Arthur MICHAUT, Institut Pasteur, France
ComSciCon is a workshop series for graduate students (i.e. students pursuing an advanced degree such as Masters or Doctorate) focused on improving their science communication skills. It was founded in Boston, USA, in 2012, by graduate students who wanted to create a platform to generate opportunities for their peers to practice science communication. ComSciCon’s goal is to empower young scientists to share technical concepts from their fields to diverse audiences. Our motivation is to improve the public’s perception of science and bring to light the diversity of scientists. During the workshop, attendees learn from professional communicators including journalists and educators, produce original works of science communication for publication, and interact with each other during a 3-day workshop leading to new projects. We aim to foster the development of new science communication projects and new collaborations between attendees, as they pursue careers as diverse as academic research, education, journalism, public service, and more.
ComSciCon is a non-profit, volunteer-run organization and the workshop is free of charge for students. Each workshop is supported by partner organizations such as scientific societies and universities. ComSciCon aims to broaden its links with such organizations to expand the number of communities (both geographic and disciplinary) directly served by ComSciCon programming.
ComSciCon has spread over the US during the past decade with the development of many regional chapters in parallel to the annual flagship workshop. Each event shares in common the same spirit: a workshop for students organized by students (or early-career scientists), plenty of time allotted to practical training, a curated cohort of modest size to encourage exchanges and foster collaborations.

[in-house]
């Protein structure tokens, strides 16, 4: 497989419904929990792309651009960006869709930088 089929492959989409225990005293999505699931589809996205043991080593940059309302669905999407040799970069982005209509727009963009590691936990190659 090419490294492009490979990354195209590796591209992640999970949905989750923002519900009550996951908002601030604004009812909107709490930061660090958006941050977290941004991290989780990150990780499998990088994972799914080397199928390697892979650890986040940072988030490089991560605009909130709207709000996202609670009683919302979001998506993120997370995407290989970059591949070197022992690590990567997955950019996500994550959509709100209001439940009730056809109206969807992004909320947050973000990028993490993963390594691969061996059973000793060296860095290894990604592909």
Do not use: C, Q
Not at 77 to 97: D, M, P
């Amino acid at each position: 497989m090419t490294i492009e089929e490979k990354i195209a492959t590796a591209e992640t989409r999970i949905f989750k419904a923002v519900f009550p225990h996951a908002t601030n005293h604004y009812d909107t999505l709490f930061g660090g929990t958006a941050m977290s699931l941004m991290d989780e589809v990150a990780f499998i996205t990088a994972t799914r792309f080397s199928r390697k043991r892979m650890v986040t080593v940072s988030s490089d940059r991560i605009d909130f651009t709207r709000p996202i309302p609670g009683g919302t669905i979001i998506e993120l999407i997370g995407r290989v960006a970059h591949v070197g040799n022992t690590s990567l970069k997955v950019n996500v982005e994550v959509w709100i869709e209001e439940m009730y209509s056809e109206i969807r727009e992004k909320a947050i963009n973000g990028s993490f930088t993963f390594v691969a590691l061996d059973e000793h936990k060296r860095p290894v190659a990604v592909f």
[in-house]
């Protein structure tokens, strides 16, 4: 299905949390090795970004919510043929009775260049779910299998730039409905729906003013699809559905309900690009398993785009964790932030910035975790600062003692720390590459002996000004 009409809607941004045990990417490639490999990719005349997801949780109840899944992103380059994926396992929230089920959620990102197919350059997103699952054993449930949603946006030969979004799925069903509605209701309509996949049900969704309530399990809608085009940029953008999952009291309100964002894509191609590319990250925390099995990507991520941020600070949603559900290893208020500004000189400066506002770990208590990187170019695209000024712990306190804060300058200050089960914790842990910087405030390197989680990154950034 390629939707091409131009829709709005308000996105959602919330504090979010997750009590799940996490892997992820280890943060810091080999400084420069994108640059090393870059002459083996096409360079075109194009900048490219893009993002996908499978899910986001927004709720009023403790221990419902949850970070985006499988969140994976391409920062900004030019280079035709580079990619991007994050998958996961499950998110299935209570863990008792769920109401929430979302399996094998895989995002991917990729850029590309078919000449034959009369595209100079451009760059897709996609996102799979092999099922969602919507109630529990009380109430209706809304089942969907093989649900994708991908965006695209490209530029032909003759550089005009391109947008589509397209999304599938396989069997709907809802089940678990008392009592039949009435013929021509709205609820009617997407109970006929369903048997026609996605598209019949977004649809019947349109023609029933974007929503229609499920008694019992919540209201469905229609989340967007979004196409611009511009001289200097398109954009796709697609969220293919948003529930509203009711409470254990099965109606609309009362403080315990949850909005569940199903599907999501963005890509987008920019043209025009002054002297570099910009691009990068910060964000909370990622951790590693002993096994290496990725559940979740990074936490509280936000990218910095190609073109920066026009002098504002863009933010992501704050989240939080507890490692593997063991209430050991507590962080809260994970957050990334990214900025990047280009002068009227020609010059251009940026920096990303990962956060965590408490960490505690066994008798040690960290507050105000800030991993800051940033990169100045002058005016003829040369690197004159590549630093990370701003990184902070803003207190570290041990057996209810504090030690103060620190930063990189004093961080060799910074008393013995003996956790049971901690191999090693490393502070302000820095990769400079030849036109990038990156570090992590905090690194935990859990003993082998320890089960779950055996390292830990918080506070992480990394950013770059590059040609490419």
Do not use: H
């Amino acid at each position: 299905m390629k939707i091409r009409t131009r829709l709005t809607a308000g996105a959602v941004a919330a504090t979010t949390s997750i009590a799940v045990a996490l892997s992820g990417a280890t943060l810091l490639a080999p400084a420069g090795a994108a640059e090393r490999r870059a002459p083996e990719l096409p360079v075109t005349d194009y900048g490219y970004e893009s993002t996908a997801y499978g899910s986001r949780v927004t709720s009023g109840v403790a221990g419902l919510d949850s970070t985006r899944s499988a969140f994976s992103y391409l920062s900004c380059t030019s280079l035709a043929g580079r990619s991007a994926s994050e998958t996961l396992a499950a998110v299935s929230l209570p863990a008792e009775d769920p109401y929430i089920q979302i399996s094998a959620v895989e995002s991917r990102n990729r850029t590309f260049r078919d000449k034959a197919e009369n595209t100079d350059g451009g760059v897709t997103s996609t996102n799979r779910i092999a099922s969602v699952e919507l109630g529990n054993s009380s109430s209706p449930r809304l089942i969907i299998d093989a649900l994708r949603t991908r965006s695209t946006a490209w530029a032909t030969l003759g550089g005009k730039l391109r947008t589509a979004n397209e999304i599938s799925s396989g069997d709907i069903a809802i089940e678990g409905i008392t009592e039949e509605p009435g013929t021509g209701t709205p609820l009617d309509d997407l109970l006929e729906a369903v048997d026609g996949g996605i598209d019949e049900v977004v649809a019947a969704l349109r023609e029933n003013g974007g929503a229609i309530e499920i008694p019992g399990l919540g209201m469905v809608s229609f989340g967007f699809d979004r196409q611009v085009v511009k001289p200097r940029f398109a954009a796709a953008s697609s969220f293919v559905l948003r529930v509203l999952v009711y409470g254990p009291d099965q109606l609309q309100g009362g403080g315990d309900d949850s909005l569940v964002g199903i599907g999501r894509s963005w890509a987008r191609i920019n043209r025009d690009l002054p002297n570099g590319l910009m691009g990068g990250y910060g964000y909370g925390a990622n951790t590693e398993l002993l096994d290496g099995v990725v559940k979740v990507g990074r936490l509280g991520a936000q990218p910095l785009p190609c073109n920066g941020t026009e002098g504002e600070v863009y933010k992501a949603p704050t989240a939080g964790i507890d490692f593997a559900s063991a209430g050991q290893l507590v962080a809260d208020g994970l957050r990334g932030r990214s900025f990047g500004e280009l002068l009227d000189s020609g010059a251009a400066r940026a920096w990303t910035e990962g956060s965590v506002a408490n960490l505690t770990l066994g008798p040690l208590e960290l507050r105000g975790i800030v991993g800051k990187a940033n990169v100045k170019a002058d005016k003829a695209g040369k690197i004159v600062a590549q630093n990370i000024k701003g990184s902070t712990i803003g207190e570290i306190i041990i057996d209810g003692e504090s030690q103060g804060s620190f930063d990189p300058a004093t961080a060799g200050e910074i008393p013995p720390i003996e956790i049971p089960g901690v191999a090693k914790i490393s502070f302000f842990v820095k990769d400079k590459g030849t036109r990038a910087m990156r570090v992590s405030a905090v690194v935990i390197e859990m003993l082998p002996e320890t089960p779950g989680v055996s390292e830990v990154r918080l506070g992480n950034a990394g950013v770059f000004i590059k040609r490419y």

The ComSciCon franchise has had recent international growth with a Canadian chapter (since 2019), including a Canadian national conference and several regional events, and a French national chapter (since 2020). A committee is currently developing a roadmap for new countries that would like to join the adventure. We welcome connections to graduate students worldwide who would like to engage in organizing science communication workshops and offer the ComSciCon experience to their communities.
In this communication, we will introduce the history and philosophy of ComSciCon. We will explain the process of organizing a workshop in a new country, focusing on the recent example of ComSciCon France. Finally, we will discuss ways for strengthening ComSciCon’s connections with new partners and developing its international anchorage.